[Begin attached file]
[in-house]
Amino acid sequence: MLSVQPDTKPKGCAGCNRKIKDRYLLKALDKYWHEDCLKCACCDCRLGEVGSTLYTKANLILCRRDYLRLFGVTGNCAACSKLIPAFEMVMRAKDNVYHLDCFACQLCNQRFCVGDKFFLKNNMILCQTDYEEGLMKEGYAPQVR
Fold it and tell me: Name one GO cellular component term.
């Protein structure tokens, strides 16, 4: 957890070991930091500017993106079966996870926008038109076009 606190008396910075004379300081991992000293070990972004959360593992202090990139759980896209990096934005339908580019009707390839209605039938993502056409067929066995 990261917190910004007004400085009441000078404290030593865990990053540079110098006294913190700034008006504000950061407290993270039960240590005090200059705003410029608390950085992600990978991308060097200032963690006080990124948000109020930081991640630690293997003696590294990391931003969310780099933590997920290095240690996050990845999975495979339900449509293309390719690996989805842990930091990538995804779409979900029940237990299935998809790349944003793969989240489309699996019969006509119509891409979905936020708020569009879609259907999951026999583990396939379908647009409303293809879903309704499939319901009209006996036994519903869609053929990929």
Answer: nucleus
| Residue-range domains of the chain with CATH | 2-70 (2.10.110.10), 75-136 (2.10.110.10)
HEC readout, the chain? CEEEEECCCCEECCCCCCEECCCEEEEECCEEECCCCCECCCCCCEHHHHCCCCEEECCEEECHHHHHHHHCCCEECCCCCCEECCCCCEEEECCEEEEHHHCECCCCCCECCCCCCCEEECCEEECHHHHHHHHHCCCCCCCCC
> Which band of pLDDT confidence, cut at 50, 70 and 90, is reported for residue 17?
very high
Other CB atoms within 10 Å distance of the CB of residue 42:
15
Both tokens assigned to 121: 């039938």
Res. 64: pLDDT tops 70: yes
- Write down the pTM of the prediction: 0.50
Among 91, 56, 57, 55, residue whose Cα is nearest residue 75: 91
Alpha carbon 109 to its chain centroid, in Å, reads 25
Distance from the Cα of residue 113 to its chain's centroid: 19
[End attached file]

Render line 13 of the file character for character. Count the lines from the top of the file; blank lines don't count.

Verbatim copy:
Res. 64: pLDDT tops 70: yes